A decision involving a workers’ compensation stress claim was issued by an Administrative Law Judge earlier this year that addressed the issue of increased work duties.
The employee was given additional job duties after the departure of two co-workers. There was no dispute by the employer that the employee’s duties increased, that she performed them well and kept up as best she could, or even that the work was more than one person could handle. The employer argued that this type of increased workload does not meet the definition of extraordinary and unusual under the Act. The Judge disagreed. The Judge also found that the employee’s reaction to the increase duties was not just a matter of misperception, and found that her “inclination towards working hard” was not “dysfunctional or inappropriate in any way.” On those grounds, among others, the Judge granted the employee’s claim for the sought period of incapacity benefits.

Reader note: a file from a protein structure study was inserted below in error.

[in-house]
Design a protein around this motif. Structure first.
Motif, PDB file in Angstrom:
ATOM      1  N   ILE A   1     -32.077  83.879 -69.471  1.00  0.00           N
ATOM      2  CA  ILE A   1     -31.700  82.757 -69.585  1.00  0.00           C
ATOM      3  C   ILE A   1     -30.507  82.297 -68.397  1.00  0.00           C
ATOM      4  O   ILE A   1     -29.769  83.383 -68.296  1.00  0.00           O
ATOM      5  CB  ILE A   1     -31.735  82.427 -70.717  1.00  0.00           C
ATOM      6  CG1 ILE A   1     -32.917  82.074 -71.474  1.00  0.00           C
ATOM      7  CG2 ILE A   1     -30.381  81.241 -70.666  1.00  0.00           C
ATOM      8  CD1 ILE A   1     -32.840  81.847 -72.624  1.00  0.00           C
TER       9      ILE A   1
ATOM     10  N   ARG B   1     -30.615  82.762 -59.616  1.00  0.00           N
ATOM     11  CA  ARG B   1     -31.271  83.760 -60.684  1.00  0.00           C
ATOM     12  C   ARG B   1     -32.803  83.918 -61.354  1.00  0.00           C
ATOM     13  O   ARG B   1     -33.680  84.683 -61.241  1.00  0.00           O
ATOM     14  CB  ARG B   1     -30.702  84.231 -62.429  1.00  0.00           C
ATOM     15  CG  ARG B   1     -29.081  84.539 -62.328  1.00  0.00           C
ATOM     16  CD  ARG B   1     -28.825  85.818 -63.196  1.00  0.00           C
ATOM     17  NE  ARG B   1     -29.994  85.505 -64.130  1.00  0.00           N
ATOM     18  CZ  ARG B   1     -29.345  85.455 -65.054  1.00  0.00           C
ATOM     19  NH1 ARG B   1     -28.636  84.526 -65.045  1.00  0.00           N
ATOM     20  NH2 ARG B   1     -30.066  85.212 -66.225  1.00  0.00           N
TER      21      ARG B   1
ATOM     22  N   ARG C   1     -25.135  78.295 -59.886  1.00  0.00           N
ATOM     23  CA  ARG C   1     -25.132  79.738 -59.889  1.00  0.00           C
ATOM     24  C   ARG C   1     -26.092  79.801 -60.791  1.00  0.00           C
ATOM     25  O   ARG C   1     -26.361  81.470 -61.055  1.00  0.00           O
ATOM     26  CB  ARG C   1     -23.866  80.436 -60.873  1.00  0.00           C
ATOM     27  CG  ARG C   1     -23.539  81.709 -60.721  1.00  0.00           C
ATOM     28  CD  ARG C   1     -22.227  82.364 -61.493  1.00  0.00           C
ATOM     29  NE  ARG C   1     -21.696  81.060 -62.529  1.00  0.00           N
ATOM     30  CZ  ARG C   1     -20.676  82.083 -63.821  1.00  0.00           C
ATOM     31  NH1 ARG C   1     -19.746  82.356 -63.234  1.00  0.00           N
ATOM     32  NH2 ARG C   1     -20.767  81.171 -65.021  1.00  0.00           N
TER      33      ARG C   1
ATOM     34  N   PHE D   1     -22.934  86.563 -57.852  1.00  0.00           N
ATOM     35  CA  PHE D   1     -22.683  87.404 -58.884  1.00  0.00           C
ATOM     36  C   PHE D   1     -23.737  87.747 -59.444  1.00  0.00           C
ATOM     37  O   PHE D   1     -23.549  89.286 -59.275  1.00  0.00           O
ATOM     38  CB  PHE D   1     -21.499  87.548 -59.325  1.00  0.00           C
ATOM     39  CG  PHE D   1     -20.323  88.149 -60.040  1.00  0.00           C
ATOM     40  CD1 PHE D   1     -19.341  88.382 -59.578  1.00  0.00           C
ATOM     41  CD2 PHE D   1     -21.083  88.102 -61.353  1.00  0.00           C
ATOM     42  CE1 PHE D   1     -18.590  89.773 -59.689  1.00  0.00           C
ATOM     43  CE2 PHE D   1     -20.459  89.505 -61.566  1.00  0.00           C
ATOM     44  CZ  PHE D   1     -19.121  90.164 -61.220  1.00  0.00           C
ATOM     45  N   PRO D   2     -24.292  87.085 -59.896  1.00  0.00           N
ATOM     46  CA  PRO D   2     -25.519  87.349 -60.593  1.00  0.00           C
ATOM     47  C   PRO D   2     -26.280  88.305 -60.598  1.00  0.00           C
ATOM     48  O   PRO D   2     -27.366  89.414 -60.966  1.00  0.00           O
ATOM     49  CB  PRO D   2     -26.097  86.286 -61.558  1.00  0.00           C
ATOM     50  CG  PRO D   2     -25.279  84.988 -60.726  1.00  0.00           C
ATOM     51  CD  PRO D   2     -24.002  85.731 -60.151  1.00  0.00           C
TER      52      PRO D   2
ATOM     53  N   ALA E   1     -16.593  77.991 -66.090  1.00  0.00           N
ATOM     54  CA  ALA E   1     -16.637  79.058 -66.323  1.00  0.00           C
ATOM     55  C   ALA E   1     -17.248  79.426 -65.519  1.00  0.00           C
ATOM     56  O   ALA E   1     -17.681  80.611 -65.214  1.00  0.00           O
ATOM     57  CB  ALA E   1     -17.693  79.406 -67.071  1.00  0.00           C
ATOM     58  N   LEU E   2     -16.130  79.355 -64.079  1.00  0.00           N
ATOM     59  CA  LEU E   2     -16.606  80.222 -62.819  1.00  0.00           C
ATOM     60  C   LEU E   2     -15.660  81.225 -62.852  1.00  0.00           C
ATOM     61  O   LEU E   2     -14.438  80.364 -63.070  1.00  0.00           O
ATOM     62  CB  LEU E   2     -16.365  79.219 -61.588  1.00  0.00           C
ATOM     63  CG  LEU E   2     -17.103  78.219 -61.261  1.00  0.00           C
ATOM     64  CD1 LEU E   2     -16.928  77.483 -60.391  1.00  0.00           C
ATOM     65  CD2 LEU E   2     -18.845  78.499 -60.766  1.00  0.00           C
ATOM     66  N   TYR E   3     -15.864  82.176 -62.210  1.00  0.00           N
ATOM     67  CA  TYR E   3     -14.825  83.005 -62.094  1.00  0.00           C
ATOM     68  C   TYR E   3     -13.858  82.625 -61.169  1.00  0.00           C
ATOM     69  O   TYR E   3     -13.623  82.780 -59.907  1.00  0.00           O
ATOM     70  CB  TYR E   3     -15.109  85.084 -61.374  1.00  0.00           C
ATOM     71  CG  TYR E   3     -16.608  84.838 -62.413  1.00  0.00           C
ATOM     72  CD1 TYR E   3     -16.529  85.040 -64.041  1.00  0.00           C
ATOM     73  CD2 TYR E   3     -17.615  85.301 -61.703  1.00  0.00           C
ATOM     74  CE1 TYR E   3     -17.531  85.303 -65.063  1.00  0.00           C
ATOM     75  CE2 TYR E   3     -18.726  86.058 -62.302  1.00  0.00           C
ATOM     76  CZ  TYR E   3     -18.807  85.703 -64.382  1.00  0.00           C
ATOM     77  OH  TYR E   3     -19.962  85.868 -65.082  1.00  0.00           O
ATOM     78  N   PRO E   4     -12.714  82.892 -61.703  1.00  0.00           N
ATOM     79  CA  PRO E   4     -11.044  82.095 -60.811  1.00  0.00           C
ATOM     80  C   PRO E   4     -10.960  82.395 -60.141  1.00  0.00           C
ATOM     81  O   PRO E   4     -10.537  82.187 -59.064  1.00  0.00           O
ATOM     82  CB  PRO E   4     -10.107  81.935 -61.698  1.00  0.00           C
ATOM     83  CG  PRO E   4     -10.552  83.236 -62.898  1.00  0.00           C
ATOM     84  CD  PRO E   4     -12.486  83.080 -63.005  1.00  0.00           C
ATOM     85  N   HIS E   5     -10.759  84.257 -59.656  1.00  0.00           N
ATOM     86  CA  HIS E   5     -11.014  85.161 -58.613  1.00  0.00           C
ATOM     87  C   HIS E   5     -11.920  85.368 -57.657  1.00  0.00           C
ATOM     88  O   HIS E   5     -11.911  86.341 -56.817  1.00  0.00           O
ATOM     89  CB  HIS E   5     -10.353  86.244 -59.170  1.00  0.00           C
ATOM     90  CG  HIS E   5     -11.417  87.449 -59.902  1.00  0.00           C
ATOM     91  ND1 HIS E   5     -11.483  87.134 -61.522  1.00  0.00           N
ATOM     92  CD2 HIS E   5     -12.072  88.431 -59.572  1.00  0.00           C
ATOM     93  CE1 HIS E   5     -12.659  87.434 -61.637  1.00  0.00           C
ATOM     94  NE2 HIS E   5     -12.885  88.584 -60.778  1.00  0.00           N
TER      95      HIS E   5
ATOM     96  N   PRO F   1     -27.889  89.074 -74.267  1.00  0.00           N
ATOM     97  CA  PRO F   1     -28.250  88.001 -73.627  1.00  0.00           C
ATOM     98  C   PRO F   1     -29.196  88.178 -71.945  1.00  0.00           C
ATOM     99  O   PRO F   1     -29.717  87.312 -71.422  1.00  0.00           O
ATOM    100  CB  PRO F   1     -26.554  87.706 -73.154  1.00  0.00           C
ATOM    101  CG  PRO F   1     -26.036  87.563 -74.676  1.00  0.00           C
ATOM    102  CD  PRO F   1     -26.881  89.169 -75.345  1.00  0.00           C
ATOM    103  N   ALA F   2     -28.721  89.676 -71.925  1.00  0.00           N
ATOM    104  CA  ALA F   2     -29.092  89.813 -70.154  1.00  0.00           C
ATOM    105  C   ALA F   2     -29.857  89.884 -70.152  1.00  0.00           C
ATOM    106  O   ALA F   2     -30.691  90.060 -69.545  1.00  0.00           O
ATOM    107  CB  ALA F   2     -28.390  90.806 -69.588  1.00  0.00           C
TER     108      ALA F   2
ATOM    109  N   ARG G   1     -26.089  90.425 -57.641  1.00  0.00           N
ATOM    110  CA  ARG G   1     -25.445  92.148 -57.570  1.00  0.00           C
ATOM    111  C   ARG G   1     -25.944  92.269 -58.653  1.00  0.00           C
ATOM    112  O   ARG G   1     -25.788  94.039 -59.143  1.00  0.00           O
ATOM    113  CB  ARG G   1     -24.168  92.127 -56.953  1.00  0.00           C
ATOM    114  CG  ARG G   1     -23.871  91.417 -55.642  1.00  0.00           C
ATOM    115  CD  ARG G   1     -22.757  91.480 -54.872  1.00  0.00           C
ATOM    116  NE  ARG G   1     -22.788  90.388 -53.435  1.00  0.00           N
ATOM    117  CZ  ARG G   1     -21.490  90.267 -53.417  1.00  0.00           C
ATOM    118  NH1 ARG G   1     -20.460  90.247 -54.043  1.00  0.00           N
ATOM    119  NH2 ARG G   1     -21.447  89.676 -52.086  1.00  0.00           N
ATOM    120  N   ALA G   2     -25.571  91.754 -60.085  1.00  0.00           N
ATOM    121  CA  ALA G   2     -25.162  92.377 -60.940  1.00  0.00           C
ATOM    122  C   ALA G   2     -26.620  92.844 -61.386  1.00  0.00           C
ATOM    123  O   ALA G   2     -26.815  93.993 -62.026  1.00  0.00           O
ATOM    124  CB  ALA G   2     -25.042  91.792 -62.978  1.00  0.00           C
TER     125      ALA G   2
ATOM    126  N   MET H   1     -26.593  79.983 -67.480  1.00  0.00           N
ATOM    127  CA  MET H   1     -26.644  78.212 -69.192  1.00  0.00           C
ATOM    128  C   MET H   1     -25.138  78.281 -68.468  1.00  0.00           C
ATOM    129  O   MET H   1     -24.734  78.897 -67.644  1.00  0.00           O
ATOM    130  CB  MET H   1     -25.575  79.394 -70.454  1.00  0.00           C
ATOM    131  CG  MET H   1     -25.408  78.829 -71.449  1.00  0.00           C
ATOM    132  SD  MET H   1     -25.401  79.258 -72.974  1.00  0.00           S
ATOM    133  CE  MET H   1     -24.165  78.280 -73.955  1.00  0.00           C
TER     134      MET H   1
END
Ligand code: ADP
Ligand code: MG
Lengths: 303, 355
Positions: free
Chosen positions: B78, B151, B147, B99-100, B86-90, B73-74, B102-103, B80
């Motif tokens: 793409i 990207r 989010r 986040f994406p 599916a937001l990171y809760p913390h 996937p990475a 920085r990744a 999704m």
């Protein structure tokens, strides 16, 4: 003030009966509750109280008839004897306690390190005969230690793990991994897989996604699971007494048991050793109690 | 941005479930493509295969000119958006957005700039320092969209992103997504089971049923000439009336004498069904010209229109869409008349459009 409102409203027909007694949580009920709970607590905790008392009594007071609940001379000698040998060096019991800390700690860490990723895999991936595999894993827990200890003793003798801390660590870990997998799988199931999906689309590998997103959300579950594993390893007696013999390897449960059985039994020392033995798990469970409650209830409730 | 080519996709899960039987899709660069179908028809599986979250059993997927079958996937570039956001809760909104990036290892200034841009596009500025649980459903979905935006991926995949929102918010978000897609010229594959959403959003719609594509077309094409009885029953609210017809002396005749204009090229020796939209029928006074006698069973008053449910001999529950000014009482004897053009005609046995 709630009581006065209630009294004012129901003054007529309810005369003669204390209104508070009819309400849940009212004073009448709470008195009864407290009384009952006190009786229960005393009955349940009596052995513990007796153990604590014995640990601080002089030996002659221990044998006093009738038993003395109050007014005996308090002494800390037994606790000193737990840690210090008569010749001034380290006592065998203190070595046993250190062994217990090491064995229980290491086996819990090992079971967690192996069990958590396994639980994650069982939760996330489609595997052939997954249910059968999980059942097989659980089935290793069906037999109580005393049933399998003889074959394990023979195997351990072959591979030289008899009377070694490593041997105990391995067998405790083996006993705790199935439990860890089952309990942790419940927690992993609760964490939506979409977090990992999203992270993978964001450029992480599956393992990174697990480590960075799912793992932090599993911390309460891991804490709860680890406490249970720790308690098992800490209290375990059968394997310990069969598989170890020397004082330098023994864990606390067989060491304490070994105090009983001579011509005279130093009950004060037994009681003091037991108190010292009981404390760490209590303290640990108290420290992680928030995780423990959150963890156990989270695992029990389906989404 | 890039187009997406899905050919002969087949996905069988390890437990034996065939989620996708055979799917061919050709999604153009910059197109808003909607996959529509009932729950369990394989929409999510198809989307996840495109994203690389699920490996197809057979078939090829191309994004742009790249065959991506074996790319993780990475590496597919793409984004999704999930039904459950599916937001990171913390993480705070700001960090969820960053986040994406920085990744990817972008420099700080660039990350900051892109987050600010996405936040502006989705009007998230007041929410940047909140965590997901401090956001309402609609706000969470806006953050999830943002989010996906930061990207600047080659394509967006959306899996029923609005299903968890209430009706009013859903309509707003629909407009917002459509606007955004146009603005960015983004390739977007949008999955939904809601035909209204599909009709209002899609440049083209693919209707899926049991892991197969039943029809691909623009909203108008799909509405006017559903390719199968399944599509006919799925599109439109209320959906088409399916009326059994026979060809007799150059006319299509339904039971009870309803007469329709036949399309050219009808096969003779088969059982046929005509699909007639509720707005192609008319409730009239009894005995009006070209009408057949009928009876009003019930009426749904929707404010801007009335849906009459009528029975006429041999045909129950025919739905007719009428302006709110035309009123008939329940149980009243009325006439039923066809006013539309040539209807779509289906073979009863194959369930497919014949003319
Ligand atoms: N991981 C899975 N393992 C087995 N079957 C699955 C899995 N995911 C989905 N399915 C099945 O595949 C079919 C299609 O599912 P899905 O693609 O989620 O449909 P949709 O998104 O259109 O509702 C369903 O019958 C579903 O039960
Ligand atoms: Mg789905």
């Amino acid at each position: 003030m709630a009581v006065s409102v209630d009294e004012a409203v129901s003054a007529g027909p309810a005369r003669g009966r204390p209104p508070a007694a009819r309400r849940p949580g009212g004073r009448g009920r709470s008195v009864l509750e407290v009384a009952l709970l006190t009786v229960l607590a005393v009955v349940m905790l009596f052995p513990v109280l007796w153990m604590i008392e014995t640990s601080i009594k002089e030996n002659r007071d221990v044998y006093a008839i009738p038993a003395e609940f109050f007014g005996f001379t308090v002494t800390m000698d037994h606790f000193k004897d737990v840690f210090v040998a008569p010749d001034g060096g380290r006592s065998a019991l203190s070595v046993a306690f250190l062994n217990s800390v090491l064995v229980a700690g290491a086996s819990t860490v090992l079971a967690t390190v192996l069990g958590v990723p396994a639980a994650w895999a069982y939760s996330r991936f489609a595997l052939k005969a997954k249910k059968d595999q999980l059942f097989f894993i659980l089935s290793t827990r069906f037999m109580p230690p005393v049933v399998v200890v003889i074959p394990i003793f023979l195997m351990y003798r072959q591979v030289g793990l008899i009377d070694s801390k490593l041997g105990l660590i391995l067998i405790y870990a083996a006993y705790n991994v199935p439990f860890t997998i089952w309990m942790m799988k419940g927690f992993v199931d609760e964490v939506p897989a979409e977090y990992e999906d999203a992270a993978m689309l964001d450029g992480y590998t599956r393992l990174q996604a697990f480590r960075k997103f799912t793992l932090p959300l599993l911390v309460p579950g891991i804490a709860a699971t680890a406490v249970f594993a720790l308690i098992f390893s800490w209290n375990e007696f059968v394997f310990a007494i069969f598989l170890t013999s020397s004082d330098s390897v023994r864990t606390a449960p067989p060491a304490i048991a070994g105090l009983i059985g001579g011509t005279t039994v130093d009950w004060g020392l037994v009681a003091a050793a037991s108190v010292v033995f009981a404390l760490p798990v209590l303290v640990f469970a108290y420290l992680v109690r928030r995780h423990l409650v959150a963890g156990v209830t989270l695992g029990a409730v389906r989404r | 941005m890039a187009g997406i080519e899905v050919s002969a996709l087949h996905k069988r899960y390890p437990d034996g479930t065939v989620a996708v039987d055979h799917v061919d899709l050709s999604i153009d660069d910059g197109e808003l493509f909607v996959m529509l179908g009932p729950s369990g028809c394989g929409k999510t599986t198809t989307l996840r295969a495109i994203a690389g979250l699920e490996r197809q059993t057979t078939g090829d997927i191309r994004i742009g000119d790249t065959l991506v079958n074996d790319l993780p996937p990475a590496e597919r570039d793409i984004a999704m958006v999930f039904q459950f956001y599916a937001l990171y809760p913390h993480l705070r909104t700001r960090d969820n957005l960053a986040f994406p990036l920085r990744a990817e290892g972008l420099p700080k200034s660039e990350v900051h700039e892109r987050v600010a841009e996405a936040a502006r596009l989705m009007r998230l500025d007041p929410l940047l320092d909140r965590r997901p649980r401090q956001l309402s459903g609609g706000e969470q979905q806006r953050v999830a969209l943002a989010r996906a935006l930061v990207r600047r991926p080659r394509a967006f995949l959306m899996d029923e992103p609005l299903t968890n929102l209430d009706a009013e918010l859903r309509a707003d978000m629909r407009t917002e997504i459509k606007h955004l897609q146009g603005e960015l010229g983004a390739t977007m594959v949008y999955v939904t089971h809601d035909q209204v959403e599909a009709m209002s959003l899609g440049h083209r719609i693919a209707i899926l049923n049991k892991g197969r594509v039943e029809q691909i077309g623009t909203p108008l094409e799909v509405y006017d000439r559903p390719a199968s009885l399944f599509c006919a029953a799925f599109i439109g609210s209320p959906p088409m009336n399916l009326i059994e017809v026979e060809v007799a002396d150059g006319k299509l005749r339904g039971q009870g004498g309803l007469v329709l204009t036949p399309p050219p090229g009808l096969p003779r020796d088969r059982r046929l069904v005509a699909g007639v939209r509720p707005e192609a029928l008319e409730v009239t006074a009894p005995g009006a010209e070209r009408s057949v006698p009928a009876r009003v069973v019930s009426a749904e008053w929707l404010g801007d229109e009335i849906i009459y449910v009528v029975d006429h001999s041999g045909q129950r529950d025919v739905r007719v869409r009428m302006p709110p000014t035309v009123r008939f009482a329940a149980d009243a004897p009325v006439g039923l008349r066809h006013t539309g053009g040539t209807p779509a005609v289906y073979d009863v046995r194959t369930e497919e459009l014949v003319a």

Although the facts of this case might be more dramatic than other situations of increased workload leading to stress, it certainly opens that door so all employers should be aware of this potential when re-allocating or consolidating job duties.